Saving Puerto Rico

May 2, 2016
2:50 PM
El Batey in Old San Juan, Puerto Rico (Jorge Gonzalez/Flickr)

El Batey in Old San Juan, Puerto Rico (Jorge Gonzalez/Flickr)

Last Saturday NBC News published an op-ed by Julio Ricardo Varela, in which the founder of Latino Rebels proposes several courses of action that Puerto Ricans can take to draw greater attention to the centuries-old situation on the island:

1. Have Hamilton go dark. By now, the Broadway crowd knows that one of the most successful shows ever was created by a playwright of Puerto Rican heritage. What if the show closed and Lin-Manuel [Miranda] told the world that Hamilton won’t come back until Puerto Rico got the attention it deserved? Do you think that would get attention?

2. Have Puerto Rican baseball players go on strike. This season, there are over 30 major leaguers of Puerto Rican descent, including Chicago Cubs star pitcher Jake Arrieta. They should all walk off the field. No progress on Puerto Rico? No more Arrieta no-hitters. Imagine how the North Side of Chicago would react?

3. Have Justice Sonia Sotomayor take a looonggg vacation. Think about this global headline: Sotomayor Takes Break from Bench to Protest Lack of Action on Puerto Rico’s Debt Crisis. That’s an hour-long TV special waiting to happen.

4. Organize ‘A Week Without a Puerto Rican.’ You don’t believe Puerto Ricans aren’t a fabric of this country? What if we all took the week off? People would notice. They would have to notice. I mean, the city of Orlando alone would come to a standstill.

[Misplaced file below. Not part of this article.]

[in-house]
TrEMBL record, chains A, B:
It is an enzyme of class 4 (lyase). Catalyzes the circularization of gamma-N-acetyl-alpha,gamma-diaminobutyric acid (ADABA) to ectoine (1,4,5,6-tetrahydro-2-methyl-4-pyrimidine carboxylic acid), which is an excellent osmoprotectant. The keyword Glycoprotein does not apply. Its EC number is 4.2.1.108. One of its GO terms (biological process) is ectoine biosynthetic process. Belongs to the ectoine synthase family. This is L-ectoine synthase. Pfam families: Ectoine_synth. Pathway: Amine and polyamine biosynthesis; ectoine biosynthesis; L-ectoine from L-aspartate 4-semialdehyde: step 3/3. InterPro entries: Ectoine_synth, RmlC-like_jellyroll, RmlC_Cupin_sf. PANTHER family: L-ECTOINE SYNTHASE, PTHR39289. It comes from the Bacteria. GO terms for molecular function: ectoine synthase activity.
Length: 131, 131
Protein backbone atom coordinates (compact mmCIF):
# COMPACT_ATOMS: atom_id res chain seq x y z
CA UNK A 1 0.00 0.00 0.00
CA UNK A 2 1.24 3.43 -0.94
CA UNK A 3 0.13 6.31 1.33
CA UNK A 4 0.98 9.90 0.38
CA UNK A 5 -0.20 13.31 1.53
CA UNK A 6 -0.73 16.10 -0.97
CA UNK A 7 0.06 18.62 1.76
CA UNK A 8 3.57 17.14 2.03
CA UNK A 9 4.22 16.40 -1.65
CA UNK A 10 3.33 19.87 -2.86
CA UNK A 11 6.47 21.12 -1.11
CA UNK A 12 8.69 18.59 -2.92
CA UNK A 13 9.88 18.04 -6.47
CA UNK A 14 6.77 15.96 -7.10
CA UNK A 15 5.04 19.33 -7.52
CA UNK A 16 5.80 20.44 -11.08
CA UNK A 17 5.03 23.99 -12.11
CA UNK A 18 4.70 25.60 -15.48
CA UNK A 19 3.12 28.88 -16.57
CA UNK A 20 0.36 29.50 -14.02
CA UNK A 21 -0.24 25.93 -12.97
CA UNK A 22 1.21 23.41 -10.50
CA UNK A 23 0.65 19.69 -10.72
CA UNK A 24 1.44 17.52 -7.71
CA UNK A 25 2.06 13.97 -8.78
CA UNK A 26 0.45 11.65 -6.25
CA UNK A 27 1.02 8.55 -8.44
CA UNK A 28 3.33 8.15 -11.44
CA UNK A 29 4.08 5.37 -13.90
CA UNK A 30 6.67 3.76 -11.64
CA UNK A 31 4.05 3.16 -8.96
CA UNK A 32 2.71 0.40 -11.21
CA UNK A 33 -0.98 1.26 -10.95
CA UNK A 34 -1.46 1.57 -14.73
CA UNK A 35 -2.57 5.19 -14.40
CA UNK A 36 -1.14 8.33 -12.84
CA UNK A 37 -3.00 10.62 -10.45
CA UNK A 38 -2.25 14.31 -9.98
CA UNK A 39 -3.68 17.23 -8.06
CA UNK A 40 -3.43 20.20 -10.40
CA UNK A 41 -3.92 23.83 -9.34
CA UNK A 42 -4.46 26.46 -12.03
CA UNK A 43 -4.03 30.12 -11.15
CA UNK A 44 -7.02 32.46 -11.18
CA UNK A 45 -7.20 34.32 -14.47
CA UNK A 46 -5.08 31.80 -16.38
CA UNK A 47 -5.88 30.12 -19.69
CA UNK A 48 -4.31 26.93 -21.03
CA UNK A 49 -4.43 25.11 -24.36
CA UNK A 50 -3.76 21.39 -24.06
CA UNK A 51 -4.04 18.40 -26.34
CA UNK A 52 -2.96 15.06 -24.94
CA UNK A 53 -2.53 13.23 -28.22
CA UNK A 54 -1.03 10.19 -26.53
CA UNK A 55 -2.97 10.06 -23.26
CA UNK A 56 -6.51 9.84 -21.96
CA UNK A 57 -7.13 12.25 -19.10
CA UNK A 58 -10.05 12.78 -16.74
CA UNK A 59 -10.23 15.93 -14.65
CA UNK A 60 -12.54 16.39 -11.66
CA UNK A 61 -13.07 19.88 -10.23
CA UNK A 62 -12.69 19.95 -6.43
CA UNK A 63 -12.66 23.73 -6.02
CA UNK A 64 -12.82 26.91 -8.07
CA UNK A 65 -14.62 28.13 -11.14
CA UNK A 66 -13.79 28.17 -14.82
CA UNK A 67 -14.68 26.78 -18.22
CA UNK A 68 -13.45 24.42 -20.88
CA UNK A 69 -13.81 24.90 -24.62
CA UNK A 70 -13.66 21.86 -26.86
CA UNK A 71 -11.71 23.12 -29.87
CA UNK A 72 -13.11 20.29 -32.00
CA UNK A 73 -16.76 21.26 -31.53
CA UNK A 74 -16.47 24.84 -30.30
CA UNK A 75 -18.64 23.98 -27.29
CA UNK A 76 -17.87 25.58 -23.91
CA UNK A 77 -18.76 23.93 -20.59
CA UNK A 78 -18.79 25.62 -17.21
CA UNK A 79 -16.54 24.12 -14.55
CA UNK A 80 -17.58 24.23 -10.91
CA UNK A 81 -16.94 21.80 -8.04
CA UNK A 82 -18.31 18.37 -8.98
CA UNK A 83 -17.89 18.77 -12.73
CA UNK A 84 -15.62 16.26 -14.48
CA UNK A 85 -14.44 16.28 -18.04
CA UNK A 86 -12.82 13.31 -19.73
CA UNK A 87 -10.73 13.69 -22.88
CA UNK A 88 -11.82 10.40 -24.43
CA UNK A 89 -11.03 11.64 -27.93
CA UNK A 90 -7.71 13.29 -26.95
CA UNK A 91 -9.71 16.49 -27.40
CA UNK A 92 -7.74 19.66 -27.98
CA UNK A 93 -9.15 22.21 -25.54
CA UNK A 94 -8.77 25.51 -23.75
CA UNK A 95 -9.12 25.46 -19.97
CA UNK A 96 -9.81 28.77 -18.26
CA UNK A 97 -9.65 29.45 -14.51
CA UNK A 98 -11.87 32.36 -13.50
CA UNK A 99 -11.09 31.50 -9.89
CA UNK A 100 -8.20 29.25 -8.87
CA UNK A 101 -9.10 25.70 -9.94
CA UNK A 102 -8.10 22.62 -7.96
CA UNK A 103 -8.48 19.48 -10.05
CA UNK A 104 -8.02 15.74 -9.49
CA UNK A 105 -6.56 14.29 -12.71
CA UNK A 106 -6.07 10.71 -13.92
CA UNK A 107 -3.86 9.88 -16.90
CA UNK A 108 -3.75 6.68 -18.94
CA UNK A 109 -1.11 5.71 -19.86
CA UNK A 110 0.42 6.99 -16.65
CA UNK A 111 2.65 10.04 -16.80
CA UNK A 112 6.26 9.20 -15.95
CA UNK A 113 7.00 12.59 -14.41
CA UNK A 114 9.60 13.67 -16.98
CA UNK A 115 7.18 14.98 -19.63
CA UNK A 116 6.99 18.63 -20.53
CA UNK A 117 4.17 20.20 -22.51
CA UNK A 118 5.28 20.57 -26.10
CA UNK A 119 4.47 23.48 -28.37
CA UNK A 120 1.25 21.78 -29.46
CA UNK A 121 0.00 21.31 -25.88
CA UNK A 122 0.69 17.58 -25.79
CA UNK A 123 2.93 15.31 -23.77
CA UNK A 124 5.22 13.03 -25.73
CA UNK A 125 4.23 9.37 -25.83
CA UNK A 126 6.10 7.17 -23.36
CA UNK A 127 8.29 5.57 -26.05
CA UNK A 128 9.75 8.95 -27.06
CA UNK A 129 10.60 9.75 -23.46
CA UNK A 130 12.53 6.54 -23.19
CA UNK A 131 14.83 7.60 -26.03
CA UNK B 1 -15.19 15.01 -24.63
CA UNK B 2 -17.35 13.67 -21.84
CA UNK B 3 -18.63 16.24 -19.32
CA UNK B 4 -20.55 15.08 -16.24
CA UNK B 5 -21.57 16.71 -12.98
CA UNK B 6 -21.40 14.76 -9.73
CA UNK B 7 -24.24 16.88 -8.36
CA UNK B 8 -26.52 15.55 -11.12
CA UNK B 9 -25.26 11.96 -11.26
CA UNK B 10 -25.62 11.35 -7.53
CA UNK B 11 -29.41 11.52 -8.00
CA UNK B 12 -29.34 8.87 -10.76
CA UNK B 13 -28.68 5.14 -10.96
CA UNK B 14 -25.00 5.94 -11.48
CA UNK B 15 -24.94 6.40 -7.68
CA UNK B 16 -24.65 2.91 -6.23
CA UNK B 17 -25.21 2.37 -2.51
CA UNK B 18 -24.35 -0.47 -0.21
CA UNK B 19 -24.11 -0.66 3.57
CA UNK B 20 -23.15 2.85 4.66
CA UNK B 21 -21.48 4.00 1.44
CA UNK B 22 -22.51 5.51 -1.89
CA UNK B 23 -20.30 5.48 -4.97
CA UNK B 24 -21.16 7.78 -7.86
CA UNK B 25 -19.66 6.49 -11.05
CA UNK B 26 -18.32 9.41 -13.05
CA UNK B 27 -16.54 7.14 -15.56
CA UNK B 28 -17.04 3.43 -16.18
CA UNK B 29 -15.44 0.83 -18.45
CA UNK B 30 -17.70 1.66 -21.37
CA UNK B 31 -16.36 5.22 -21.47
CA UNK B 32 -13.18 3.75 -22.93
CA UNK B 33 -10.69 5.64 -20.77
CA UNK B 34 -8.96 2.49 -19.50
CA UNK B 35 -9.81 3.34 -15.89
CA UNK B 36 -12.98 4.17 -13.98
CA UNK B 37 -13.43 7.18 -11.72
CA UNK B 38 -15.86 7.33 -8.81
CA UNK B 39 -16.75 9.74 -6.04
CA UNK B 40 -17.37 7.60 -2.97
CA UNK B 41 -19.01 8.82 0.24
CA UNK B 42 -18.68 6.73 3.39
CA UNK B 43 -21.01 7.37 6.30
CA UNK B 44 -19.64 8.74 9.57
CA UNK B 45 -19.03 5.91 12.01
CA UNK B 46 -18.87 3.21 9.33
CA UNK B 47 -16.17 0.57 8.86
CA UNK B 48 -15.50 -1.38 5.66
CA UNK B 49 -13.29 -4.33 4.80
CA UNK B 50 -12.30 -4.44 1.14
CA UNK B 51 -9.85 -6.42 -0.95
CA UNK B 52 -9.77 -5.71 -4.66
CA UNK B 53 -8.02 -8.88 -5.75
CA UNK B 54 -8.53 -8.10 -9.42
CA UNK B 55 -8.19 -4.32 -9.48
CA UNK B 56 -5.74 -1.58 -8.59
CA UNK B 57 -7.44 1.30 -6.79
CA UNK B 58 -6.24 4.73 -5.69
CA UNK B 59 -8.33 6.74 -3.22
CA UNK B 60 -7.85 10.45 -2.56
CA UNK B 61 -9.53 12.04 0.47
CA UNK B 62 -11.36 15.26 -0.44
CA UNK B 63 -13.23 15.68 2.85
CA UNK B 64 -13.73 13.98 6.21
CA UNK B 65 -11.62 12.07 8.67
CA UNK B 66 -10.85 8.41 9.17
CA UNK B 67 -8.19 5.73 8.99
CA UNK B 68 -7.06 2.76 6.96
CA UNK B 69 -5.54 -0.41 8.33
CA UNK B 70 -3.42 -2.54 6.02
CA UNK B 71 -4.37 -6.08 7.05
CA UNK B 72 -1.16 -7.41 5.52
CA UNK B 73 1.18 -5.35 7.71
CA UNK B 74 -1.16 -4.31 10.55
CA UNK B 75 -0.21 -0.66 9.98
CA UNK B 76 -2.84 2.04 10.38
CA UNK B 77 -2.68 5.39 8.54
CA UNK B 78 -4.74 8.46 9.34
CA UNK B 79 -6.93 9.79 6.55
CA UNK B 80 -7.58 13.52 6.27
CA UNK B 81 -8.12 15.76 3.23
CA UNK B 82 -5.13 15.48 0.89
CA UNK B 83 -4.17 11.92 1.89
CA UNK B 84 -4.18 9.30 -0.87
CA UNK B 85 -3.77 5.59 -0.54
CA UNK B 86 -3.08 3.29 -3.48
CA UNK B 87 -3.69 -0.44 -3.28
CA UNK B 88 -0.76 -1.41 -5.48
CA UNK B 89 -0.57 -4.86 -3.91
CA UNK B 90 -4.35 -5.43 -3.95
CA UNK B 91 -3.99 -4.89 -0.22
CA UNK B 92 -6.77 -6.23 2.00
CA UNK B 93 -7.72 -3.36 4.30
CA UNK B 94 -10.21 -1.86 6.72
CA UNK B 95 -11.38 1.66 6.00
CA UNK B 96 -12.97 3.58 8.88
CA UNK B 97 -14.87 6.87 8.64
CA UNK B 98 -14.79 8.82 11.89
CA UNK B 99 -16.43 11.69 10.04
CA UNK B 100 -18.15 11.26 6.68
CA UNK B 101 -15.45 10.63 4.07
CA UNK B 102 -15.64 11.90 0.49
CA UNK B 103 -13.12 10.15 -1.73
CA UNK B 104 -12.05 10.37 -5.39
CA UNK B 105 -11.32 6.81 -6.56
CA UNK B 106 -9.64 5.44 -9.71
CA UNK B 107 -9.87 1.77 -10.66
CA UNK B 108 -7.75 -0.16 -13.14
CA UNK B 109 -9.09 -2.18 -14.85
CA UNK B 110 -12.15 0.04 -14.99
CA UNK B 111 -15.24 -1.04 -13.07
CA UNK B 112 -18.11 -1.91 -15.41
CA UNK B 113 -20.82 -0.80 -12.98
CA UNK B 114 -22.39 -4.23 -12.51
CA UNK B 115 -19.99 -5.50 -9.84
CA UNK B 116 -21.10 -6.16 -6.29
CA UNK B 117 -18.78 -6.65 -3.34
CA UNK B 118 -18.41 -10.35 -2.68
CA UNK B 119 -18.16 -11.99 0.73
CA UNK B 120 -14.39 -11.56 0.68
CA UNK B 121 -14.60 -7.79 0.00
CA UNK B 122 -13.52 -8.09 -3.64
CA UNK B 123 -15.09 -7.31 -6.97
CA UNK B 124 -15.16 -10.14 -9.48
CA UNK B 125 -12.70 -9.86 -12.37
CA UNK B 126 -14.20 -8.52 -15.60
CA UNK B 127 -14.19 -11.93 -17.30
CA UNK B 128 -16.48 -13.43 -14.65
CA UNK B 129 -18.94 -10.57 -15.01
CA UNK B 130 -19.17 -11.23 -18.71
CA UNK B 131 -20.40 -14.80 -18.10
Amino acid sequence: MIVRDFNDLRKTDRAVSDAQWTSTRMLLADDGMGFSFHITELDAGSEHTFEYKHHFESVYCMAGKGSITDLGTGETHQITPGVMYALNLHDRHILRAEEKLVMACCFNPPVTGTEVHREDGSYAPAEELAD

5. Cancel the Puerto Rican Day Parade and head to DC. As much as Puerto Ricans love their parade, why are we marching down 5th Avenue this year? Hire thousands of buses, head down to DC and stand united at the Mall. As ridiculous as this would sound, it at least forces the issue to the front pages of the world.

What excited me about J.’s list is how actionable it is—well, three of them at least. (Justice Sotomayor is bound by the Constitution to carry out her august role to the best of her abilities, and a week-long Puerto Rican hiatus would only confirm the ugly stereotype of the potorro huevón.)

In the last few months Lin-Manuel Miranda has been making the rounds, rapping at the White House with the president, standing alongside members of Congress, and appearing on Last Week Tonight with John Olivereverywhere urging the U.S. Congress, whose supreme authority Puerto Rico is under, to do something that’ll alleviate the crises. He’s promised tickets for his sold-out Broadway musical to any congressperson willing to help. There’s even a rumor Miranda has offered to donate the proceeds from ticket sales to help pay down Puerto Rico’s debt, a vow which sounds apocryphal to most people.

Having Hamilton go dark, however, would be much more immediate and effective than donating subsequent profits. If the playwright is genuine in his desire to see his ancestral homeland spared from the buzzards circling above, he should seriously consider shutting down his hit show until Congress decides to act. Imagine if one glorious Manhattan morning the doors of the Richard Rodgers Theatre were locked and plastered with notices that the show in fact won’t go on until Puerto Rico receives proper attention. Puerto Rico would quickly be on everyone’s tongue. Finally inconvenienced by events in Puerto Rico, theatergoers would demand something be done to raise the curtain. Miranda would either become an even bigger household name while simultaneously saving the island, or see his reputation (and bank account) depleted: though, with the production sold out from now till kingdom come, there’s little risk of the public losing interest in his masterpiece. Even so, Miranda must ask himself which is more important: his career or his patria.